More background on Kissin’ Kate Barlow (120-some years ago): Katherine Barlow was a school teacher and best spiced peach maker in the Green Lake community, when there was an actual lake and the land was prosperous. Long story short, the gorgeous Katherine fell in love with a black man, Sam the onion man. They kissed, and the town, led by “Trout” Walker, rioted and killed Sam. Kate became a famed robber and was known as “Kissin’ Kate” because she kissed those she killed. (So Stanley’s great-grandfather was never kissed by her, just robbed.) She buried her treasure somewhere in the dried lake bed. Trout and his wife held Kate at gun point to find the treasure, but Kate gets bitten by a poisonous lizard. Kate tells the Walkers they’d search a hundred years and would never find it.
Back to our heroes: Stanley and Zero head in the direction of the thumb, but Zero’s pretty weak. Stan ends up carrying him most of the way there. This journey lasts a while, but not sure how long. Zero tells Stanley he stole the sneakers that Stanley got blamed for, which is an interesting twist. He got scared and put them on a parked car on an overpass (thus, the shoes that fell from the sky). They continue on, and along the way, Stanley finds an onion patch and realizes water has to be somewhere. They do find water and use empty peach jars to carry it. Stanley also makes some connections from the hole he found the KB souvenir in, and realizes it must have more treasure. He and Zero sneak back to camp and dig at night to see what else is in Stan’s hole. They find an old suitcase, but Warden catches them. They’re stuck in the hole for a while because the hole is also the home of poisonous lizards; the adults are afraid but the lizards don’t mess with the boys. (We learn later it has to do with onions.) Zero is trying to read the suitcase. The Attorney General and a lawyer were at the camp the previous day to release Stanley, who was proven innocent, and they return while the boys are stuck in the hole. The boys get pulled up and Zero says the trunk belongs to Stanley, not the Warden. He figured out that the trunk read “Stanley Yelnats,” and it’s the treasure Kate stole from Stanley I. Oh, and Zero? That’s not his real name. It’s Hector Zeroni. Let’s just say, the curse is broken, and lots of good things are coming their way.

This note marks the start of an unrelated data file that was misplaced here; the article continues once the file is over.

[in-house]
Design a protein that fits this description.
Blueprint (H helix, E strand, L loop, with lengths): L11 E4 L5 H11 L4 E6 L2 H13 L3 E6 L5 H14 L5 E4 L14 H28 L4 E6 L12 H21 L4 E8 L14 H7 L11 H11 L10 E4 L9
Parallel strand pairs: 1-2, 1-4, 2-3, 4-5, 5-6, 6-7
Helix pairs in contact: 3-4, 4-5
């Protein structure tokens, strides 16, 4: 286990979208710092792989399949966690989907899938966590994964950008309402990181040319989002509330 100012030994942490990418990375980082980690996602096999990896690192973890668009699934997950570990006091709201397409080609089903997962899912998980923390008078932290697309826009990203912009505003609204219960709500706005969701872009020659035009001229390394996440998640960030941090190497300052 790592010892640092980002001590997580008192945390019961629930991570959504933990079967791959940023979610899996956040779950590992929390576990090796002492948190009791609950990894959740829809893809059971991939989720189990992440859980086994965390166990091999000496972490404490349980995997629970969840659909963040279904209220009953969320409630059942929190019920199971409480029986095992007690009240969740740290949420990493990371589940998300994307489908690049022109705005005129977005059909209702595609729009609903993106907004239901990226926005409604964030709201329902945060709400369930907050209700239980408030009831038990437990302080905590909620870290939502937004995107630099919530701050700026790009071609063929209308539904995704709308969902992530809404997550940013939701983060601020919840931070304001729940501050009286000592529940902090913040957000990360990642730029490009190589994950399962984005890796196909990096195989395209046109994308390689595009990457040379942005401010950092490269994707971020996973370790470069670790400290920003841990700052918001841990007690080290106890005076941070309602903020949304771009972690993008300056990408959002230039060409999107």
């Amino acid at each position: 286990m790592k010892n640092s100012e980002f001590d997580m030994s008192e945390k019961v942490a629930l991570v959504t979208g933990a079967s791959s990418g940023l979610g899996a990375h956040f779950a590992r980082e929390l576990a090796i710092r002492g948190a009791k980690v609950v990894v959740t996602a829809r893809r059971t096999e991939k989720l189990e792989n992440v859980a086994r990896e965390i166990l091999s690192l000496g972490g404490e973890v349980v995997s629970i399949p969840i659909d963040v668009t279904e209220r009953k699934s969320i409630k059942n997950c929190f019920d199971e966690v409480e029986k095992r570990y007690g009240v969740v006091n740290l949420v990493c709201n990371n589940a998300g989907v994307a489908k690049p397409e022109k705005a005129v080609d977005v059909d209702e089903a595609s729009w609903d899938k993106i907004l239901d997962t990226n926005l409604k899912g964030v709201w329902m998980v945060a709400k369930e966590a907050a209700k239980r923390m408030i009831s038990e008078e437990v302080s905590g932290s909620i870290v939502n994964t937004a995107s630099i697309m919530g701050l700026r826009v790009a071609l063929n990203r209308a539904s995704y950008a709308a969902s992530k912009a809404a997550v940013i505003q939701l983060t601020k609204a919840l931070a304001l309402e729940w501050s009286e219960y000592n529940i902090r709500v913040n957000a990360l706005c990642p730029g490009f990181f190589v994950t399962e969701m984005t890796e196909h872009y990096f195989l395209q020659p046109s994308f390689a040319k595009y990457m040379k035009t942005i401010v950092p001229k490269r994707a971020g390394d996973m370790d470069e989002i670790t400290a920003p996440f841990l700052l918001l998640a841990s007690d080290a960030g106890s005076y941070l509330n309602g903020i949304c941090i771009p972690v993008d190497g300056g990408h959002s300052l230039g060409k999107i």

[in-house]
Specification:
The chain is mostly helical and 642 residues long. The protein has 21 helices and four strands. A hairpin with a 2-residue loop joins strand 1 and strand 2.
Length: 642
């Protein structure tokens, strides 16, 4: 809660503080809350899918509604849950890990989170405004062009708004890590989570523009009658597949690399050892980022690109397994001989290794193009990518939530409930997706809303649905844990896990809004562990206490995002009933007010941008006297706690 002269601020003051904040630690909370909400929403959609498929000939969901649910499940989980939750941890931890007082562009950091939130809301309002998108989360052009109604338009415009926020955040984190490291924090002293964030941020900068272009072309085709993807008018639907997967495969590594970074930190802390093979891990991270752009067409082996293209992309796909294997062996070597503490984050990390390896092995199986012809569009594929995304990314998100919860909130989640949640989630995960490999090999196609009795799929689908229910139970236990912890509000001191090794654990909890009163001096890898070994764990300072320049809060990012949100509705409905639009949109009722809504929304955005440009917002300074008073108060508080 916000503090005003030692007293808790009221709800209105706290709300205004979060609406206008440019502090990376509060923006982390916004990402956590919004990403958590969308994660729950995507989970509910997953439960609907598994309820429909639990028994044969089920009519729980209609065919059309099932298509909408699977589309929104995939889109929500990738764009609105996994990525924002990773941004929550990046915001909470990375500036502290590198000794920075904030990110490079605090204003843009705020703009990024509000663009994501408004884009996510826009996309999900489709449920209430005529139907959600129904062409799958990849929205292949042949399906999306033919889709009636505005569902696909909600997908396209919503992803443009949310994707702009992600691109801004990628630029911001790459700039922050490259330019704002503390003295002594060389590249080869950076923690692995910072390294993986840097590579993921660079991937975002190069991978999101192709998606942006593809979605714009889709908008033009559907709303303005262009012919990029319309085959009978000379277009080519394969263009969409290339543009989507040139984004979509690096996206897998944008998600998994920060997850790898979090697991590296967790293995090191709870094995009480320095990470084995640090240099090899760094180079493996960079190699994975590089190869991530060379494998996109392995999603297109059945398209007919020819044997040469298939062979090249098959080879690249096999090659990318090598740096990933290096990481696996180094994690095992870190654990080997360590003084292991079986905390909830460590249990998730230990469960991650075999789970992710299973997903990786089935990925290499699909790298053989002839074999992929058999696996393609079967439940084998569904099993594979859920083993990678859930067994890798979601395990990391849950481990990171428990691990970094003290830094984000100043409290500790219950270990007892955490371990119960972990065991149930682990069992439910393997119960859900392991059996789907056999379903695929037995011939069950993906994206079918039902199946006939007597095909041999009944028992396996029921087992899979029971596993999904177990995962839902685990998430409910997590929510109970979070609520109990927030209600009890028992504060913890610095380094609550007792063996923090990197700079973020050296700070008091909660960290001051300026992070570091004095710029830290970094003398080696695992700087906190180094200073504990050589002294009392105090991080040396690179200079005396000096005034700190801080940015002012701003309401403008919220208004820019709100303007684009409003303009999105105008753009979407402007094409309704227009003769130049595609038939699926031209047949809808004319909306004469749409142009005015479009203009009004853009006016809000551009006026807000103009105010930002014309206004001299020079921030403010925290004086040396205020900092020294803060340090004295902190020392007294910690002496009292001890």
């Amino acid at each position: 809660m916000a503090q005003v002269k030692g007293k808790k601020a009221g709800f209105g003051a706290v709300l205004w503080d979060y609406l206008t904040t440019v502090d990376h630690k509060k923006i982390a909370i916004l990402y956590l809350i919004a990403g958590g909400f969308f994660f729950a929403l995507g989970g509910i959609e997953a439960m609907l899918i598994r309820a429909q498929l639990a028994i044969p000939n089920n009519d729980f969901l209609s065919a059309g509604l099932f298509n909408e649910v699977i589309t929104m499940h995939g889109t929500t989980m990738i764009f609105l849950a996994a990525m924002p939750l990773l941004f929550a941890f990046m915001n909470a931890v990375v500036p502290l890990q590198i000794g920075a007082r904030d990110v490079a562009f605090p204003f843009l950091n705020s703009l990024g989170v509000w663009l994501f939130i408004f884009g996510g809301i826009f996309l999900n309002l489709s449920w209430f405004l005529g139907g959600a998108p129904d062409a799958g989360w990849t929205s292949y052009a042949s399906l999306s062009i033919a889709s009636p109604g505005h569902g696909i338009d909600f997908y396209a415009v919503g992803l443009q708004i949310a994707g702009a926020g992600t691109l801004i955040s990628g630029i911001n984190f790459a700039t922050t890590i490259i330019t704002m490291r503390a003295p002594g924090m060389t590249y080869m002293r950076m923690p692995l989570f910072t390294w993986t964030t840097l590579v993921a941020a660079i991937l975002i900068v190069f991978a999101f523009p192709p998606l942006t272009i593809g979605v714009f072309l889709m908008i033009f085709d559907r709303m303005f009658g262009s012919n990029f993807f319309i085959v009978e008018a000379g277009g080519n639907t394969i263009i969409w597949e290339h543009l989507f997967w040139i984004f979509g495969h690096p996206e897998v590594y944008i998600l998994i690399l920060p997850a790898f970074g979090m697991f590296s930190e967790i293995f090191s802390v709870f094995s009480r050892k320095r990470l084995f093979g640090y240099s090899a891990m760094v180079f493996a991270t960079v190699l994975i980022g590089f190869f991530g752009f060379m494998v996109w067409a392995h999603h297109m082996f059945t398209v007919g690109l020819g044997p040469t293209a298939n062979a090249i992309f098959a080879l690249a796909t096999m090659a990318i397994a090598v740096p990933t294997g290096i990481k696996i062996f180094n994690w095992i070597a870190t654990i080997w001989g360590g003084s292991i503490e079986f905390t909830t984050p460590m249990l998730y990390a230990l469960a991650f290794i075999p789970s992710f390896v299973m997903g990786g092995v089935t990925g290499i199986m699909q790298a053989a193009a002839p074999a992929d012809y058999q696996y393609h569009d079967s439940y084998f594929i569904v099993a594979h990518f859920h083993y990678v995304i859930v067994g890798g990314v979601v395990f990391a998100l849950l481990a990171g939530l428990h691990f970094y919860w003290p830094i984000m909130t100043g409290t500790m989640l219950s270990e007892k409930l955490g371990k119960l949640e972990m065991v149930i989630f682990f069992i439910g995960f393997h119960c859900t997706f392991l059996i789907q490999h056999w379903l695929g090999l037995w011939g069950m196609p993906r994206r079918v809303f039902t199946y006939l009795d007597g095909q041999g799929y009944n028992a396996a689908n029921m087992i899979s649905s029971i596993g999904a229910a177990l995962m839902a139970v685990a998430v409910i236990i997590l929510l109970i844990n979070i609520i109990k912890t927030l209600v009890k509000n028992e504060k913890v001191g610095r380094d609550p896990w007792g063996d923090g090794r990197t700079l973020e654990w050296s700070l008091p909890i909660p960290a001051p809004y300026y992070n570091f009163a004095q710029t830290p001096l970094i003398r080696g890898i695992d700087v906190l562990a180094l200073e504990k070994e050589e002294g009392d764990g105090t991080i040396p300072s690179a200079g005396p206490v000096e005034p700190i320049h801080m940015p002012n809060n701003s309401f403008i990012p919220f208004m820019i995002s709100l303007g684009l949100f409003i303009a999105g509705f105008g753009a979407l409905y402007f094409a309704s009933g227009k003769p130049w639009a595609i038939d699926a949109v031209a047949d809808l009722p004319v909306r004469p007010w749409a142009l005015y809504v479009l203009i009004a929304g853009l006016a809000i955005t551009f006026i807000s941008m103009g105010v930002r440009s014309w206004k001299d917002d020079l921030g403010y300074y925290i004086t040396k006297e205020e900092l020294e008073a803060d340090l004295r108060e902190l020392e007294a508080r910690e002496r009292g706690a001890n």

This was the first time I had read this book, and it’s flipping brilliant. I know Sachar from Sideways Stories from Wayside School and while this book isn’t supposed to be laugh-out-loud like Sideways, you can hear his voice and his humor (example: when describing Elya Yelnats, he calls him Stanley’s great-great-grandfather but has an aside that says he didn’t KNOW he was Stanley’s great-great-grandfather. Hilarious, right?) There are a lot of subtleties in the book that I had to stop and go, wait, let me read that again… and it was all there. It felt like a Harry Potter book, where there’s so much cluing you in that you don’t realize everything until the end. And even Stanley’s name screams Sachar. There are a lot of funny names in Sideways but Stanley Yelnats? Yeah, it’s a palindrome that keeps getting passed down simply because it’s a palindrome. Generational things are passed down quite a bit, whether it be curses or names. It has really interesting commentary about the actions of people as well. For example, a townsperson screams God will curse Kate and Onion Sam when she sees the two kiss. After they kill Sam, it never rained again on Green Lake. Sachar asks, “Reader, who do you think God cursed?” WOW. Beautiful work.
The Class Part
Grades: 4th & up, or ages 10 & up (according to back of the book). My mentor teacher is actually teaching this in summer school for rising 6-8 graders. Some of my lower readers from last year are really enjoying it. It’s an easy book to get through the main information, but it’s so deep that you can re-read it and catch something new, or spend a lot of conversation about the book in class. I’ll have it in any grade I teach.
Grade: A. I can’t argue with a Newbery Medal, no matter how many A’s I give out! Maybe I’ll try to read a bad book on purpose next time.
Just me: I’m still trying to find the balance between telling you about a book and not spoiling it. If you have any suggestions, let me know. ALSO, I am totally open to debate. If you think a book is not worthy of an A, or is inappropriate for some ages or I underestimate the reading ability of different age groups, let me know. This blog is meant to be helpful to me and you. I know I don’t have a following or anything 🙂 but still. I’m open to opinions.